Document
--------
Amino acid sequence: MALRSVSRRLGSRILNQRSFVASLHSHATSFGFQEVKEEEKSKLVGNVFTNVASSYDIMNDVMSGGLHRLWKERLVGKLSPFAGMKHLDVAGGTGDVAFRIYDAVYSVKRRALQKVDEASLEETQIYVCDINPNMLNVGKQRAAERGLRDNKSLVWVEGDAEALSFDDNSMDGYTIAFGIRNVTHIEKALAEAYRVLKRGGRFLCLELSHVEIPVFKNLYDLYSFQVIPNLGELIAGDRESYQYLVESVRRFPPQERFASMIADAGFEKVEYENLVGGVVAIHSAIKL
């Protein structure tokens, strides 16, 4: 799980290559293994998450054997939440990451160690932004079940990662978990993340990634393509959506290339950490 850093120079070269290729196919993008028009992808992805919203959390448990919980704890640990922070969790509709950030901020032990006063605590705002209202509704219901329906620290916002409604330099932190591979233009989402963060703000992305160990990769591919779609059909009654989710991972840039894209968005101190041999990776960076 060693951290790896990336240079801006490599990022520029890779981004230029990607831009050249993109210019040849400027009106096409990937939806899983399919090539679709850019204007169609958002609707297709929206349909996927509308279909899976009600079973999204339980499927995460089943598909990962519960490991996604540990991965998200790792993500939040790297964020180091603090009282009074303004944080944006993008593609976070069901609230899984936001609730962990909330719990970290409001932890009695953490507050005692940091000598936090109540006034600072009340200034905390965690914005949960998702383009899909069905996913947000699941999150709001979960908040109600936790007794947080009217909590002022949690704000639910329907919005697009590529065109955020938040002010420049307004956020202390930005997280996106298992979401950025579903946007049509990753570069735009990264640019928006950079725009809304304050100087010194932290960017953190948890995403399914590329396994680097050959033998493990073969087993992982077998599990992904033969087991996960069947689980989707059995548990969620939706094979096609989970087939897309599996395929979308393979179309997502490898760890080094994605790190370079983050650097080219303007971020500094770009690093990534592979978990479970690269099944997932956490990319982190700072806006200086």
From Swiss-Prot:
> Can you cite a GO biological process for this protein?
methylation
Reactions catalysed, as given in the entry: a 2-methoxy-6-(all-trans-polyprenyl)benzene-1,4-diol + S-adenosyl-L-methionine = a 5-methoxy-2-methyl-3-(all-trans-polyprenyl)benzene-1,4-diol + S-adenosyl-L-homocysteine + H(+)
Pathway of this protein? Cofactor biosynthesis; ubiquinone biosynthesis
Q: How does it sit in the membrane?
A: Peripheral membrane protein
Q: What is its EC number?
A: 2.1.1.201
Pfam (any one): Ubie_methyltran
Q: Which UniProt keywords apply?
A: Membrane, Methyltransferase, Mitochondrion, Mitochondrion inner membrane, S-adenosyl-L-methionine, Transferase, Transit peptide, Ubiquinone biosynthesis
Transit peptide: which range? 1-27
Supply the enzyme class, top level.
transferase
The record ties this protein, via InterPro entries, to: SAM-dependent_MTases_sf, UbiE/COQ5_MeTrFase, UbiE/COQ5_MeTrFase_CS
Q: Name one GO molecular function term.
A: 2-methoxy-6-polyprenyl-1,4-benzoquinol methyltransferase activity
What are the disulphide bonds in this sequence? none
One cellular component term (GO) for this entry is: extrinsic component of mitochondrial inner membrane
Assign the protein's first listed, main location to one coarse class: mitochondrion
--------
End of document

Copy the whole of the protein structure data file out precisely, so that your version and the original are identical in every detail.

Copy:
Amino acid sequence: MALRSVSRRLGSRILNQRSFVASLHSHATSFGFQEVKEEEKSKLVGNVFTNVASSYDIMNDVMSGGLHRLWKERLVGKLSPFAGMKHLDVAGGTGDVAFRIYDAVYSVKRRALQKVDEASLEETQIYVCDINPNMLNVGKQRAAERGLRDNKSLVWVEGDAEALSFDDNSMDGYTIAFGIRNVTHIEKALAEAYRVLKRGGRFLCLELSHVEIPVFKNLYDLYSFQVIPNLGELIAGDRESYQYLVESVRRFPPQERFASMIADAGFEKVEYENLVGGVVAIHSAIKL
């Protein structure tokens, strides 16, 4: 799980290559293994998450054997939440990451160690932004079940990662978990993340990634393509959506290339950490 850093120079070269290729196919993008028009992808992805919203959390448990919980704890640990922070969790509709950030901020032990006063605590705002209202509704219901329906620290916002409604330099932190591979233009989402963060703000992305160990990769591919779609059909009654989710991972840039894209968005101190041999990776960076 060693951290790896990336240079801006490599990022520029890779981004230029990607831009050249993109210019040849400027009106096409990937939806899983399919090539679709850019204007169609958002609707297709929206349909996927509308279909899976009600079973999204339980499927995460089943598909990962519960490991996604540990991965998200790792993500939040790297964020180091603090009282009074303004944080944006993008593609976070069901609230899984936001609730962990909330719990970290409001932890009695953490507050005692940091000598936090109540006034600072009340200034905390965690914005949960998702383009899909069905996913947000699941999150709001979960908040109600936790007794947080009217909590002022949690704000639910329907919005697009590529065109955020938040002010420049307004956020202390930005997280996106298992979401950025579903946007049509990753570069735009990264640019928006950079725009809304304050100087010194932290960017953190948890995403399914590329396994680097050959033998493990073969087993992982077998599990992904033969087991996960069947689980989707059995548990969620939706094979096609989970087939897309599996395929979308393979179309997502490898760890080094994605790190370079983050650097080219303007971020500094770009690093990534592979978990479970690269099944997932956490990319982190700072806006200086």
From Swiss-Prot:
> Can you cite a GO biological process for this protein?
methylation
Reactions catalysed, as given in the entry: a 2-methoxy-6-(all-trans-polyprenyl)benzene-1,4-diol + S-adenosyl-L-methionine = a 5-methoxy-2-methyl-3-(all-trans-polyprenyl)benzene-1,4-diol + S-adenosyl-L-homocysteine + H(+)
Pathway of this protein? Cofactor biosynthesis; ubiquinone biosynthesis
Q: How does it sit in the membrane?
A: Peripheral membrane protein
Q: What is its EC number?
A: 2.1.1.201
Pfam (any one): Ubie_methyltran
Q: Which UniProt keywords apply?
A: Membrane, Methyltransferase, Mitochondrion, Mitochondrion inner membrane, S-adenosyl-L-methionine, Transferase, Transit peptide, Ubiquinone biosynthesis
Transit peptide: which range? 1-27
Supply the enzyme class, top level.
transferase
The record ties this protein, via InterPro entries, to: SAM-dependent_MTases_sf, UbiE/COQ5_MeTrFase, UbiE/COQ5_MeTrFase_CS
Q: Name one GO molecular function term.
A: 2-methoxy-6-polyprenyl-1,4-benzoquinol methyltransferase activity
What are the disulphide bonds in this sequence? none
One cellular component term (GO) for this entry is: extrinsic component of mitochondrial inner membrane
Assign the protein's first listed, main location to one coarse class: mitochondrion